With computers in front of them and sleeping bags behind, University of Saskatchewan students competed to create the best video game in 48 hours.
For two days, students from a variety of disciplines worked, ate and sometimes slept in the university computer labs to create a unique game from scratch in the fourth Game Jam competition. Judges then rate the games and award prizes based on best art, best portrayal of the competition’s theme, and best game over all.
“Like a music jam, when a band gets together and plays together and sees what happens, this is similar. Just a bunch of artists coming together and seeing what happens,” co-organizer Jason Bowey said.
Third-year computer science student Clinton Galbraith and his team Ham Jam productions have participated in every Game Jam so far.
“It’s a good way to practice making whole complete programs which we don’t really do in school,” Galbraith said.
He said the team’s first two hours of planning involve a lot of yelling as they clamour to get their ideas written down on the white board. They then use their unique skills to bring the programming, animation and music to life.
While a participant’s goal is to create a game, the event is also meant to develop the local gaming community. Organizers even provide a novice programming engine so non-programmers can participate without having to know much, if any coding.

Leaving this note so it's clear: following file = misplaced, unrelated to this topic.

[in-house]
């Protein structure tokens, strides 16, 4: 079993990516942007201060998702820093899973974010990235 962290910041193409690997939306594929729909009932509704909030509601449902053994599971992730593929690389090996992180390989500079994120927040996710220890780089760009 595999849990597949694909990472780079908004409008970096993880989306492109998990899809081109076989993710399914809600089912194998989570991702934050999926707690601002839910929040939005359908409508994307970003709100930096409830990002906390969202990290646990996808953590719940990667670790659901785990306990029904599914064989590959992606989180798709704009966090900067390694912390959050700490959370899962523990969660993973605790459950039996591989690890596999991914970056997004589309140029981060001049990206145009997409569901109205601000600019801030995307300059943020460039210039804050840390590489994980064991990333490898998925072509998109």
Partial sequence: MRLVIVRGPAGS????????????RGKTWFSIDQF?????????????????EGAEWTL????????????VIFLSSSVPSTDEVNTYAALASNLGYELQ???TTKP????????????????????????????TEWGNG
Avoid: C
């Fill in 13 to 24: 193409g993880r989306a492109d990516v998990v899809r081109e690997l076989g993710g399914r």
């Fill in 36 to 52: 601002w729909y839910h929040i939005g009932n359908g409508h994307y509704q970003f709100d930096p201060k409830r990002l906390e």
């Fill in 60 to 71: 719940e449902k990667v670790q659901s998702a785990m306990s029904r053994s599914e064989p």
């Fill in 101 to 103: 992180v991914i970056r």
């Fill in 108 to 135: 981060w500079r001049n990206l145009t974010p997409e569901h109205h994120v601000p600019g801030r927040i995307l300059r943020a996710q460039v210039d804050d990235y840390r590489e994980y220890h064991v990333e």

Ham Jam’s Brooklyn Bitner is majoring in studio art, but she’s always had a passion for video games. For the past four competitions, she’s used her talents to bring her team’s games to visual life.
“Gallery art isn’t my style. I like actually seeing my art moving around and people actually get to play with it instead of just stare at it,” she said, adding the time limit is the greatest challenge. “It pushes the limits to see how fancy I came make something in so short a time.”
Because of the fast deadline, most of the games are simple two dimensional platform games.
“No one will be making Call of Duty, but this is a good opportunity to just throw together some ideas and see if your idea’s fun,” Bowey said. “Nothing will be polished perfectly, but it’s a good starting point for getting a prototype done.”
In keeping with this competition’s theme of humanity for versus machines, Ham Jam has created a game where players must figure out who among them is an android and then they have five minutes to destroy the robot or lose.
Some teams, such as Noodlecake, have gone on to form full production studios. Bowey hopes other games could end up on digital commercial platforms where people around the world can buy them.
Once the computers have been powered down and competitors have caught up on their sleep, their games will be available on the Game Jam website for the public to play free of charge.